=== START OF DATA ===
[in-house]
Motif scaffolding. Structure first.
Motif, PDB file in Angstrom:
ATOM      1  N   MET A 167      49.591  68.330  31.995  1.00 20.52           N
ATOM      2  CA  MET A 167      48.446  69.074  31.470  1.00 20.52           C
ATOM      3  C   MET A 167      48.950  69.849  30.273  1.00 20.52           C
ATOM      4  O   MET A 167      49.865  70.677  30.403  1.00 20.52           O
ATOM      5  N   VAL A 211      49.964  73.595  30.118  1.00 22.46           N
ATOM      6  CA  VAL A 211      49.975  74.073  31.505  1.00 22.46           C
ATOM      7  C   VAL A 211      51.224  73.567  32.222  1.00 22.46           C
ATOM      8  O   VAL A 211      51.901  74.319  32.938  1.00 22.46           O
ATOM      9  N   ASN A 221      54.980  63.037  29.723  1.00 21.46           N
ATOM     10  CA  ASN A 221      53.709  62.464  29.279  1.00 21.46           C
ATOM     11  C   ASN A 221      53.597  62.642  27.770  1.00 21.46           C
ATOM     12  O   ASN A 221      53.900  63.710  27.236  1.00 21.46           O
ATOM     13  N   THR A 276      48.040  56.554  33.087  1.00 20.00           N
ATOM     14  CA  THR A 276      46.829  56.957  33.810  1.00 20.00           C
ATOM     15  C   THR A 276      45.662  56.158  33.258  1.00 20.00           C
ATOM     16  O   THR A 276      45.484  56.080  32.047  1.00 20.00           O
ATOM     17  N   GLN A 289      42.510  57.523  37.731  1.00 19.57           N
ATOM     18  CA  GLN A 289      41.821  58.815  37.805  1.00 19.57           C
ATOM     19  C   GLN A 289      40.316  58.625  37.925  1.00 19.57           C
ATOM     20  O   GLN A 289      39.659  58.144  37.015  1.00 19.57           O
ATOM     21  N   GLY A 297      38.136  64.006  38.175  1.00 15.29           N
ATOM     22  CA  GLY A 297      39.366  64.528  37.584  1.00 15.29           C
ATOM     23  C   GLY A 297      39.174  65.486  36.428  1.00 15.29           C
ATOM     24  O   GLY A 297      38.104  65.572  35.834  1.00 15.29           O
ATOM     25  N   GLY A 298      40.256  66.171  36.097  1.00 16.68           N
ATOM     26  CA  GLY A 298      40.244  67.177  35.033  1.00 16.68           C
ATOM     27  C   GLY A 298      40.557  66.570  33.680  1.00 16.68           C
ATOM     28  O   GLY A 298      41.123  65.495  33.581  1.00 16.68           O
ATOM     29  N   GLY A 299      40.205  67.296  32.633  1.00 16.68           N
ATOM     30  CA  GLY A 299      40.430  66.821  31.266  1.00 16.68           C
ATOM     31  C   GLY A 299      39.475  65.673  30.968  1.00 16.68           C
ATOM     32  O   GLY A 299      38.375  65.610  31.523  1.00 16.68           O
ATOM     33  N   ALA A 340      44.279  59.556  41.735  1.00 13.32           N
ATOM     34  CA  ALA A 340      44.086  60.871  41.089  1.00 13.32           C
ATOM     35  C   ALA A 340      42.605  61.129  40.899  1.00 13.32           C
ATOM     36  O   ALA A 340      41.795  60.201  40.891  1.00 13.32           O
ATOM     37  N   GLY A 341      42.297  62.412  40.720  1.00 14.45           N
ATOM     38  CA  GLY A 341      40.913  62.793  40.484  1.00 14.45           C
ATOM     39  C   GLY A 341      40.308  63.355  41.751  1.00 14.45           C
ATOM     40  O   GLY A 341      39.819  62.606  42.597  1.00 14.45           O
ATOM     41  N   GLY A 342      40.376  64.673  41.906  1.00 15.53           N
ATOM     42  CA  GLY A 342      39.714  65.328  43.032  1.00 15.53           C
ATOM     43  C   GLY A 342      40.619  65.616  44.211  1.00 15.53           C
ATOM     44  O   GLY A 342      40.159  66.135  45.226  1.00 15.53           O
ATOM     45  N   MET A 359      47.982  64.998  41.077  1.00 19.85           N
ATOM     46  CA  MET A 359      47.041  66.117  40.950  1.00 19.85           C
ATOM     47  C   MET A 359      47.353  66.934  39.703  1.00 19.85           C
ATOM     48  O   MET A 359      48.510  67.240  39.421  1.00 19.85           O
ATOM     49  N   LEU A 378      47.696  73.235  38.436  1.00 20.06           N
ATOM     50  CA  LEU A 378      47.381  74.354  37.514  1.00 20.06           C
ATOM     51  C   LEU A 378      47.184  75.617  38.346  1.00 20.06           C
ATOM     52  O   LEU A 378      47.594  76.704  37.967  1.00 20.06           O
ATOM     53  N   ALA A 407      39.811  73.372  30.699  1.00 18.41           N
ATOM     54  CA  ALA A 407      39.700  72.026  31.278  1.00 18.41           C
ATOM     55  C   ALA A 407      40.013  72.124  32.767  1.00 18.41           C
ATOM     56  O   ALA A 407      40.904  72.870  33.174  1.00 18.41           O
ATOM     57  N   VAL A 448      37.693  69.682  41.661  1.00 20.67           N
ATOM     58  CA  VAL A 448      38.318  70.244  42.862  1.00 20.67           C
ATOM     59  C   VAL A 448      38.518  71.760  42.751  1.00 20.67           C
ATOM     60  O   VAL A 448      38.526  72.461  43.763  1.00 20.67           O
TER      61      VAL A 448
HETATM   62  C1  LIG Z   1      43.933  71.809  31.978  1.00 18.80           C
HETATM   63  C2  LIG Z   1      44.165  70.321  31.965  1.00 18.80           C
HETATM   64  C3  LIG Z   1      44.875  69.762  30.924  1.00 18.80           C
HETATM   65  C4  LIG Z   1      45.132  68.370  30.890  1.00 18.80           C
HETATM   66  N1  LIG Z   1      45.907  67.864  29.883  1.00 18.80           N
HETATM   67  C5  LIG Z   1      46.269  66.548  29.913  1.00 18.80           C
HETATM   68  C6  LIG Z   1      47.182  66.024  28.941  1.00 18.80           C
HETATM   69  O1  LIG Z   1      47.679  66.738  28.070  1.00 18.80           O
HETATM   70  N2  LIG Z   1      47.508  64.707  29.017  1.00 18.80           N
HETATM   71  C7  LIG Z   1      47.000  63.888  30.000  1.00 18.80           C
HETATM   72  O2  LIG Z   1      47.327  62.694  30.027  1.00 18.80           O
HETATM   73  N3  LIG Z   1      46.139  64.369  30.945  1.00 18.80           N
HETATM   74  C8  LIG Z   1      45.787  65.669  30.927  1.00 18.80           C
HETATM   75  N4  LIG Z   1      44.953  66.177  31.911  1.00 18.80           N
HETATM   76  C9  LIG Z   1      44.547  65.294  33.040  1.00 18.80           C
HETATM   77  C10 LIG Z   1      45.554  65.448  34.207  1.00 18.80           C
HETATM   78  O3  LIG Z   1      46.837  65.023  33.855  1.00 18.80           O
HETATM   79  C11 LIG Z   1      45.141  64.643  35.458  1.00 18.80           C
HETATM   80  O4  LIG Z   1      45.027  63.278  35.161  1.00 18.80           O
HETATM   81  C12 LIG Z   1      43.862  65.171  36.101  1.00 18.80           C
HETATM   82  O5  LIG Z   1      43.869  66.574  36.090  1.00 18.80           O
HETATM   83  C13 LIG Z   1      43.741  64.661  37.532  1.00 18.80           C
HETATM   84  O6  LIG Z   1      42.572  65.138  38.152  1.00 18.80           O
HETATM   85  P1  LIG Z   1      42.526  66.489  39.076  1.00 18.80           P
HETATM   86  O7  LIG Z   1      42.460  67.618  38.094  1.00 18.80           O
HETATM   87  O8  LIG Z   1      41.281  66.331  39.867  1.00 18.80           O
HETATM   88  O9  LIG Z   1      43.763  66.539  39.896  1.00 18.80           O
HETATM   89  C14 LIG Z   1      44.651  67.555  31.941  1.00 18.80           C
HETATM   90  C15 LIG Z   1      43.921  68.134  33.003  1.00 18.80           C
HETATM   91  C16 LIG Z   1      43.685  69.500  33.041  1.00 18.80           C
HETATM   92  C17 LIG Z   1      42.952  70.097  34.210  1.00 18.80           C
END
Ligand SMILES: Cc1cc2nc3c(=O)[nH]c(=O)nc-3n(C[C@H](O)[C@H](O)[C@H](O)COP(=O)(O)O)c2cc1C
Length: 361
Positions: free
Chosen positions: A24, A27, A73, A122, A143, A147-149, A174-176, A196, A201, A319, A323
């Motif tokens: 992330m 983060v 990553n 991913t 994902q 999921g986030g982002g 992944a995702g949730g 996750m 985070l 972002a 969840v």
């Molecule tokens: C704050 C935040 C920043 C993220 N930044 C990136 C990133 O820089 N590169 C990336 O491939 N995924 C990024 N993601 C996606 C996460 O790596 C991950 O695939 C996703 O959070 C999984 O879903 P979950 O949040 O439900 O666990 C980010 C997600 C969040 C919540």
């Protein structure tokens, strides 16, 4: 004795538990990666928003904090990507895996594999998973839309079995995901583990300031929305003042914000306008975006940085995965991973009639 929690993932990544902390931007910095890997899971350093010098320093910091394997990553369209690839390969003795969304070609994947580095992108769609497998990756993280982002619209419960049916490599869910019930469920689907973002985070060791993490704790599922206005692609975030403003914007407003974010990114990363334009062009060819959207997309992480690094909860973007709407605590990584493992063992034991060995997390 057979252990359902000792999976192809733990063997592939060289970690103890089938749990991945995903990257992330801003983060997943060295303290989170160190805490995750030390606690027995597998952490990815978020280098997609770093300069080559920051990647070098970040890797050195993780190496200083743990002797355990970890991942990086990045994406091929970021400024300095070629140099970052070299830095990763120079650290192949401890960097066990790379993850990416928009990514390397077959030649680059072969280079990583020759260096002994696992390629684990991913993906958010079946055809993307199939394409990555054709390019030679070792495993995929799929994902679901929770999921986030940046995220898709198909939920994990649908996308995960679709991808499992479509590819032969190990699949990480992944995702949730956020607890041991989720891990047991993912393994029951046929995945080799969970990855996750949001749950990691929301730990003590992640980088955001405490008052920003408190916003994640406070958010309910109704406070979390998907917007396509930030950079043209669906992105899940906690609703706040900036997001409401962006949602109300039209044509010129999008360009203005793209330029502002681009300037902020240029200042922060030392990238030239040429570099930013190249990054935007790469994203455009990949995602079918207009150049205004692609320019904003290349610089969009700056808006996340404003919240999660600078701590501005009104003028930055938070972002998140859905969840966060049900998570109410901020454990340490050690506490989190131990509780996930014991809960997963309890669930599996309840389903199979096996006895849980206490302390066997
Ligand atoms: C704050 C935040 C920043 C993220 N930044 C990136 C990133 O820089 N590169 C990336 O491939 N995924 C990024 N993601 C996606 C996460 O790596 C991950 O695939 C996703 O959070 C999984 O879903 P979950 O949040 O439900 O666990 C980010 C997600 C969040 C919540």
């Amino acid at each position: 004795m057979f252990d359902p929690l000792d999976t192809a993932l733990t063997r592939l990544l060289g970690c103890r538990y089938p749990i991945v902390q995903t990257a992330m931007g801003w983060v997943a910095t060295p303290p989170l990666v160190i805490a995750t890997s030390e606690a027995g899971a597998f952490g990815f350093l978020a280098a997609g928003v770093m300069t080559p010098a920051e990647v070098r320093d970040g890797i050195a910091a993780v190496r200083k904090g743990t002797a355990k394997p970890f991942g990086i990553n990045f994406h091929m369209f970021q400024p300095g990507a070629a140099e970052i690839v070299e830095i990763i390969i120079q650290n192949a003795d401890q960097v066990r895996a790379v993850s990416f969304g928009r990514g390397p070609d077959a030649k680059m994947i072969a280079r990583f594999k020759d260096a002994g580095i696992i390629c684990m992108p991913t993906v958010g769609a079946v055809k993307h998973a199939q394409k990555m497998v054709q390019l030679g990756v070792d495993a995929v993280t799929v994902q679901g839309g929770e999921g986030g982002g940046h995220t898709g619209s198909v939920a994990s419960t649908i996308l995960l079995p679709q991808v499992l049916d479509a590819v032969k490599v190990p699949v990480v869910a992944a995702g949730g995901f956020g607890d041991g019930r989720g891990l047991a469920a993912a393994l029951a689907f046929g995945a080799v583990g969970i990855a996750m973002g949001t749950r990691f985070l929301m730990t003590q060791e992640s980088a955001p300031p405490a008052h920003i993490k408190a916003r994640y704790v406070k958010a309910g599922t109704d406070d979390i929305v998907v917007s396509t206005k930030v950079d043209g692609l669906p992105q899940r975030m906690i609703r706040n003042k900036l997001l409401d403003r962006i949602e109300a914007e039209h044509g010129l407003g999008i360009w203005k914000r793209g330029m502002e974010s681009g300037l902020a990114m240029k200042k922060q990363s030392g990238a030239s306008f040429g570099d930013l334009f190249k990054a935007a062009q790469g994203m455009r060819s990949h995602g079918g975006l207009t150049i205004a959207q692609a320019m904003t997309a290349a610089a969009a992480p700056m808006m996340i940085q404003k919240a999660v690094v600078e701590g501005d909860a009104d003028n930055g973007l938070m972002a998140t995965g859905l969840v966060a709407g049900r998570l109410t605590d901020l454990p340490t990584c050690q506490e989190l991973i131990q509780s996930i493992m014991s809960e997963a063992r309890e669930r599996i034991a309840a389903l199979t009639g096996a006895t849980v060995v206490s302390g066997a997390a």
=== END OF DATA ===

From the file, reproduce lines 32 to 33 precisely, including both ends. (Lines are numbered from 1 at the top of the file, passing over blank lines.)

ATOM     29  N   GLY A 299      40.205  67.296  32.633  1.00 16.68           N
ATOM     30  CA  GLY A 299      40.430  66.821  31.266  1.00 16.68           C